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The High Court of Australia has confirmed the importance of properly drafted employment agreements for establishing casual employment status.

The Full Federal Court of Australia in the decision of WorkPac Pty Ltd v Skene1 had determined that Mr Skene was not considered a casual employee. That decision led another employee of WorkPac, Mr Rossato, to notify his employer that he believed he was mischaracterised as a casual employee and entitled to various payments, including for annual leave, personal/carer’s leave, compassionate leave, and public holidays.

WorkPac made an application to the Full Federal Court, seeking declarations that Mr Rossato was a casual employee and therefore not entitled to such payments. WorkPac sought, in the alternative, to have the casual loading he had received set-off against his claim or restitution with respect to such payments made to him.

court initially finds employee not a casual

In the first instance, the Full Federal Court found2that Mr Rossato was not a casual employee, and made declarations that he was entitled to the payments he claimed. The Court also rejected WorkPac’s set-off and restitution arguments.

workpac’s appeal

WorkPac appealed to the High Court of Australia3. Among other things, WorkPac submitted that the Full Federal Court had erred in finding that Mr Rossato was not a casual employee.

The High Court upheld the appeal, finding that the contractual arrangements between WorkPac and Mr Rossato did not include a mutual firm advance commitment to “an ongoing working relationship between them after the completion of each assignment”. This was despite Mr Rossato working a consistent shift structure with rosters set well in advance. Importantly, however, there was no obligation on WorkPac to continue offering assignments and no obligation on Mr Rossato to accept or reject them.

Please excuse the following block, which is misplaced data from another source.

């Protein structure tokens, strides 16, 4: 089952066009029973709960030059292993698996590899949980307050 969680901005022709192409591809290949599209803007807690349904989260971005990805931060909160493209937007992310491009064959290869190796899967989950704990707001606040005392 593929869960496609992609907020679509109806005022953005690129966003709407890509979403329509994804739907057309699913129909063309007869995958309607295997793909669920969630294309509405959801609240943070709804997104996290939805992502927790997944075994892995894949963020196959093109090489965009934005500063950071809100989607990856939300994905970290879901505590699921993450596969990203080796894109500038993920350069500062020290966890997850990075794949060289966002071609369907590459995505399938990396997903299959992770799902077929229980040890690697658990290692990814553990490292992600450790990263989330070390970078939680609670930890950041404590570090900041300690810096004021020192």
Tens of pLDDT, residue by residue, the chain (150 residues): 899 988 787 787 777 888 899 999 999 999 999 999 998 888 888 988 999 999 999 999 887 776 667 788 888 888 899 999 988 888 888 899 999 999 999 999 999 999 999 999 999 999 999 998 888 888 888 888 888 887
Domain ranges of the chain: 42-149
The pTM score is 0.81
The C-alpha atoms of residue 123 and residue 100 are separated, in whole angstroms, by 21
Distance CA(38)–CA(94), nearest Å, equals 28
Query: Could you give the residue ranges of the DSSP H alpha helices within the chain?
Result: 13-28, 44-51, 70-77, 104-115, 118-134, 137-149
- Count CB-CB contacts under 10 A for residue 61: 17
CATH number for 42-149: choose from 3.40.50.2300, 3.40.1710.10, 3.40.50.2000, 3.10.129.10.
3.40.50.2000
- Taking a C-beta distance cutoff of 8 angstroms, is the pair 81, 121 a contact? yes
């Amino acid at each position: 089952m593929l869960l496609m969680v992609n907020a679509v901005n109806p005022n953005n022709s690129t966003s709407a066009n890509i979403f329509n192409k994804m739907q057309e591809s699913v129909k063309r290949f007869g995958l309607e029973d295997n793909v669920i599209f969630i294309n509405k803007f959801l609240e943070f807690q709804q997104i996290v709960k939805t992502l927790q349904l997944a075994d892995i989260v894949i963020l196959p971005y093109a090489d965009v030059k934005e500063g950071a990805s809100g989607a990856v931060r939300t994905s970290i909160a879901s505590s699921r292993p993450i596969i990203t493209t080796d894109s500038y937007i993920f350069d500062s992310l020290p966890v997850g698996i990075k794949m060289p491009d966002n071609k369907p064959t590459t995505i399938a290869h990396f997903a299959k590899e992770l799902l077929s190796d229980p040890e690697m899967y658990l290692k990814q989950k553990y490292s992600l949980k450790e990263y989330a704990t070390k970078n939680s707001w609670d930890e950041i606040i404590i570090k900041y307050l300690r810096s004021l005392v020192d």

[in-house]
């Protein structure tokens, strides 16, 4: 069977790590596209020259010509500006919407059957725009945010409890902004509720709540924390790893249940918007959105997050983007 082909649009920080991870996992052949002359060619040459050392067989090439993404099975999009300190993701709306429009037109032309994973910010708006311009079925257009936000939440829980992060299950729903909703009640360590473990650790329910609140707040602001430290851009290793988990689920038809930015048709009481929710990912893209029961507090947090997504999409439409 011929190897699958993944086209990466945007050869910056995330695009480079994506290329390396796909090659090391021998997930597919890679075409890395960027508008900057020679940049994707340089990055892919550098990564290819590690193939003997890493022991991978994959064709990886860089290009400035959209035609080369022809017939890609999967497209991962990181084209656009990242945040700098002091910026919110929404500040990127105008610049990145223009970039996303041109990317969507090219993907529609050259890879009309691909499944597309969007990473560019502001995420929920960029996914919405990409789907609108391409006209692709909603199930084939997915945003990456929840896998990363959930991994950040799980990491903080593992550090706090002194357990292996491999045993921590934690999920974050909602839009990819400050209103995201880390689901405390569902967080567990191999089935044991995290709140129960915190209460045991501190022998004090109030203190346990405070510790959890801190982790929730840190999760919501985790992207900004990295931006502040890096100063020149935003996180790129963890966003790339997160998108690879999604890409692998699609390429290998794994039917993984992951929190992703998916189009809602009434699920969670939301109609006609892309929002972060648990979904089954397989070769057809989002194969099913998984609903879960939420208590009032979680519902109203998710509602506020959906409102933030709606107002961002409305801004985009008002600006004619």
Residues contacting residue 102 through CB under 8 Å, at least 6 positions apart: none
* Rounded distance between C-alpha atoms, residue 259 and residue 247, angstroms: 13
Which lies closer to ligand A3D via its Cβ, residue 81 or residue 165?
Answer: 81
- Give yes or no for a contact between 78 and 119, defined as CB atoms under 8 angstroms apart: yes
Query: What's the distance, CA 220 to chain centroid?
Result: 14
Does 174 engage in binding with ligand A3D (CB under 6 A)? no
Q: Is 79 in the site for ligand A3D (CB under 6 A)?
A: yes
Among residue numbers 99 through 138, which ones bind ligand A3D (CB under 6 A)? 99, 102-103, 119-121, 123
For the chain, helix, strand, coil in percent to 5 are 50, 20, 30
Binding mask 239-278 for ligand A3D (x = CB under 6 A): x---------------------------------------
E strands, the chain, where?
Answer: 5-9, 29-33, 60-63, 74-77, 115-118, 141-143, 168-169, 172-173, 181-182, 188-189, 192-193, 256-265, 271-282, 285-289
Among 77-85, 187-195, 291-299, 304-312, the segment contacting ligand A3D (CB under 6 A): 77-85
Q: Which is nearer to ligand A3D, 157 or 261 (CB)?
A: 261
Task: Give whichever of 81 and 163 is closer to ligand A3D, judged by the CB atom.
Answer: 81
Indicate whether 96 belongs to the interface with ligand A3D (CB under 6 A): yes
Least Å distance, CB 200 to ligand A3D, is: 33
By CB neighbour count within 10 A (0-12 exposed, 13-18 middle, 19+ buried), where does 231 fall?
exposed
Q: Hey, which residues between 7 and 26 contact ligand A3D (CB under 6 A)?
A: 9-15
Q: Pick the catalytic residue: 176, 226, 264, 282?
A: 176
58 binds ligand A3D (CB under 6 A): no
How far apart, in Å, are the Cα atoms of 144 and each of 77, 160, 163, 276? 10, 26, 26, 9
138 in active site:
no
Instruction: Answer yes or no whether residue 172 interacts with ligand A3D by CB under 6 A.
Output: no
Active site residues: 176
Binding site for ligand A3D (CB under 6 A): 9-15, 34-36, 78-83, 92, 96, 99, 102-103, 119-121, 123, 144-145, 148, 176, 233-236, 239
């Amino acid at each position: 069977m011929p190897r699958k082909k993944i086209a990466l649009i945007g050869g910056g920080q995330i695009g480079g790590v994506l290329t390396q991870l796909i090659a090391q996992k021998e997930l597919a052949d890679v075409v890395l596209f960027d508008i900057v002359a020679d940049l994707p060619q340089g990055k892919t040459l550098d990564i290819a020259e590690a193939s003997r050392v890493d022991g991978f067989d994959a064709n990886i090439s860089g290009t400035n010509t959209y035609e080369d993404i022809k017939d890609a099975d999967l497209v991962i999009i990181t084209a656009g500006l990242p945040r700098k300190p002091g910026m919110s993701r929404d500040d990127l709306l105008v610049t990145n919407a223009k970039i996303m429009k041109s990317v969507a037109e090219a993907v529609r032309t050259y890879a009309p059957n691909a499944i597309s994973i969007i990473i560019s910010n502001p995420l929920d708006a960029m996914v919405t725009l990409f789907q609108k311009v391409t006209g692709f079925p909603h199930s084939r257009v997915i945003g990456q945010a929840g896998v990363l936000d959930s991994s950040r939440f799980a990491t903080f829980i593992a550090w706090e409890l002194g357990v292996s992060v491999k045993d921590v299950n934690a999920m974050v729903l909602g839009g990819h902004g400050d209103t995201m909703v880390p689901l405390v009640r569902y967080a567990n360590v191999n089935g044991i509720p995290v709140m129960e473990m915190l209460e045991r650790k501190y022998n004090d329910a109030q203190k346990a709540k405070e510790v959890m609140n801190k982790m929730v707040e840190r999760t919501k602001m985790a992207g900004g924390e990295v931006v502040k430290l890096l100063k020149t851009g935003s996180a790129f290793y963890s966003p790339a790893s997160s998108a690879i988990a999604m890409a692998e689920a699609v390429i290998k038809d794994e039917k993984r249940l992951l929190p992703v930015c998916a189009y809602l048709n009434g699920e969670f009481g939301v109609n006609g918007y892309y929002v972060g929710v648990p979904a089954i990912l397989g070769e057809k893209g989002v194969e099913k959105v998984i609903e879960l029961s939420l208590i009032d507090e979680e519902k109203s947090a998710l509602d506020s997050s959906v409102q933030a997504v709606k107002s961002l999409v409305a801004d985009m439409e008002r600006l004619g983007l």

high court clarifies casual employment test

The High Court found that:

  • where parties commit the terms of their employment relationship to a written contract and then adhere to those terms, any requisite firm advance commitment is to be found in the binding contractual obligations;
  • a mere expectation of continuing employment on a regular and systematic basis is insufficient to establish such a firm advance commitment.

what does the high court decision mean for employers?

This landmark decision by the High Court, together with recent amendments to the Fair Work Act 2009 (Cth) regarding casual employment, provide clarity for employers following the uncertainty created by the Skene and initial Rossato decisions.

It is now clear that a well-drafted employment agreement will be fundamental in determining a casual employment relationship.

Further, employing casuals on a regular and systematic basis is not inconsistent with casual employment, as long as there is no firm advance commitment as to the duration of employment or times of work.

If you would like your casual employment agreements updated in view of these recent developments, please contact our Employment, Safety and Migration team.

1 WorkPac Pty Ltd v Skene [2018] FCAFC 13.
2 WorkPac Pty Ltd v Rossato [2020] FCAFC 84.
3 Workpac v Rossato & Ors [2021] HCA 23.

stay up to date with our news & insights